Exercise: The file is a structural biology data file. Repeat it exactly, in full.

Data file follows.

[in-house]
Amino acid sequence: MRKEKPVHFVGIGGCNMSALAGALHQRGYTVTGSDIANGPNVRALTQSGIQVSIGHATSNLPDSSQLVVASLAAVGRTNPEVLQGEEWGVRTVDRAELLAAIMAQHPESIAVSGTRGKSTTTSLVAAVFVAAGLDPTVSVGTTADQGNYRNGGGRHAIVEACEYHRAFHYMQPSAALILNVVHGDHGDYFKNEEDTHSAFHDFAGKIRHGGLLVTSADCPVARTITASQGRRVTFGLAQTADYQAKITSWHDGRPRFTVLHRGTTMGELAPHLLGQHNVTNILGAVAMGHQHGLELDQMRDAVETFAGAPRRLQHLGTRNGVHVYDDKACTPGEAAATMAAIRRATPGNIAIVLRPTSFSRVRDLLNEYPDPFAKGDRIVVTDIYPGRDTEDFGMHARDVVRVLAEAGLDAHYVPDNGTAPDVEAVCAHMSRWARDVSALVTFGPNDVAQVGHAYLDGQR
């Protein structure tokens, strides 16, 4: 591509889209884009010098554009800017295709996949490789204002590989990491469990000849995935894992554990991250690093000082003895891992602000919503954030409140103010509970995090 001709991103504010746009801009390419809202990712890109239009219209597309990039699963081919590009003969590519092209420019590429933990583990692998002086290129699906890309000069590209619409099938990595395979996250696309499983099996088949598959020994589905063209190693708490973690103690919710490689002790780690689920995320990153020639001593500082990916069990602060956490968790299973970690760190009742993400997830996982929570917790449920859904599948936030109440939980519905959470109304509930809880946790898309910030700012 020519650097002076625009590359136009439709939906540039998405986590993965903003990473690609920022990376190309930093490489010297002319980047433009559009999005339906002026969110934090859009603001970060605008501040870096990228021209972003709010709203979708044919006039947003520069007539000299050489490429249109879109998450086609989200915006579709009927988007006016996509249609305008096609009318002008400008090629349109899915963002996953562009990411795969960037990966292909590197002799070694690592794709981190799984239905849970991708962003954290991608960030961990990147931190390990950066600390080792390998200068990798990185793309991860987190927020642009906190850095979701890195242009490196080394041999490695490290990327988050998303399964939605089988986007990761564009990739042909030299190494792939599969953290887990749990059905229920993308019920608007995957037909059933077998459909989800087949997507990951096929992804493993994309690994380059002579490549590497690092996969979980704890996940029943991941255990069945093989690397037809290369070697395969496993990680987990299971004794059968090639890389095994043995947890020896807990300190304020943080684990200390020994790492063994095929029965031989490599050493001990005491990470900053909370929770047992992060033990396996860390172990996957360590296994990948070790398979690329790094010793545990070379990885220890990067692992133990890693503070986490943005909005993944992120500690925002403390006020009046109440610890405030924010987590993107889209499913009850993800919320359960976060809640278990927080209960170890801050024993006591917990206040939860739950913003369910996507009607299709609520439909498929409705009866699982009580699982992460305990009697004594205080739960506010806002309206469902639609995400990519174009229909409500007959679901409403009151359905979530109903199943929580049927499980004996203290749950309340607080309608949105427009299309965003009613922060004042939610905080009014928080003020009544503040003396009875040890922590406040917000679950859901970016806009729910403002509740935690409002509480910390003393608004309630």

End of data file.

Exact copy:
[in-house]
Amino acid sequence: MRKEKPVHFVGIGGCNMSALAGALHQRGYTVTGSDIANGPNVRALTQSGIQVSIGHATSNLPDSSQLVVASLAAVGRTNPEVLQGEEWGVRTVDRAELLAAIMAQHPESIAVSGTRGKSTTTSLVAAVFVAAGLDPTVSVGTTADQGNYRNGGGRHAIVEACEYHRAFHYMQPSAALILNVVHGDHGDYFKNEEDTHSAFHDFAGKIRHGGLLVTSADCPVARTITASQGRRVTFGLAQTADYQAKITSWHDGRPRFTVLHRGTTMGELAPHLLGQHNVTNILGAVAMGHQHGLELDQMRDAVETFAGAPRRLQHLGTRNGVHVYDDKACTPGEAAATMAAIRRATPGNIAIVLRPTSFSRVRDLLNEYPDPFAKGDRIVVTDIYPGRDTEDFGMHARDVVRVLAEAGLDAHYVPDNGTAPDVEAVCAHMSRWARDVSALVTFGPNDVAQVGHAYLDGQR
């Protein structure tokens, strides 16, 4: 591509889209884009010098554009800017295709996949490789204002590989990491469990000849995935894992554990991250690093000082003895891992602000919503954030409140103010509970995090 001709991103504010746009801009390419809202990712890109239009219209597309990039699963081919590009003969590519092209420019590429933990583990692998002086290129699906890309000069590209619409099938990595395979996250696309499983099996088949598959020994589905063209190693708490973690103690919710490689002790780690689920995320990153020639001593500082990916069990602060956490968790299973970690760190009742993400997830996982929570917790449920859904599948936030109440939980519905959470109304509930809880946790898309910030700012 020519650097002076625009590359136009439709939906540039998405986590993965903003990473690609920022990376190309930093490489010297002319980047433009559009999005339906002026969110934090859009603001970060605008501040870096990228021209972003709010709203979708044919006039947003520069007539000299050489490429249109879109998450086609989200915006579709009927988007006016996509249609305008096609009318002008400008090629349109899915963002996953562009990411795969960037990966292909590197002799070694690592794709981190799984239905849970991708962003954290991608960030961990990147931190390990950066600390080792390998200068990798990185793309991860987190927020642009906190850095979701890195242009490196080394041999490695490290990327988050998303399964939605089988986007990761564009990739042909030299190494792939599969953290887990749990059905229920993308019920608007995957037909059933077998459909989800087949997507990951096929992804493993994309690994380059002579490549590497690092996969979980704890996940029943991941255990069945093989690397037809290369070697395969496993990680987990299971004794059968090639890389095994043995947890020896807990300190304020943080684990200390020994790492063994095929029965031989490599050493001990005491990470900053909370929770047992992060033990396996860390172990996957360590296994990948070790398979690329790094010793545990070379990885220890990067692992133990890693503070986490943005909005993944992120500690925002403390006020009046109440610890405030924010987590993107889209499913009850993800919320359960976060809640278990927080209960170890801050024993006591917990206040939860739950913003369910996507009607299709609520439909498929409705009866699982009580699982992460305990009697004594205080739960506010806002309206469902639609995400990519174009229909409500007959679901409403009151359905979530109903199943929580049927499980004996203290749950309340607080309608949105427009299309965003009613922060004042939610905080009014928080003020009544503040003396009875040890922590406040917000679950859901970016806009729910403002509740935690409002509480910390003393608004309630």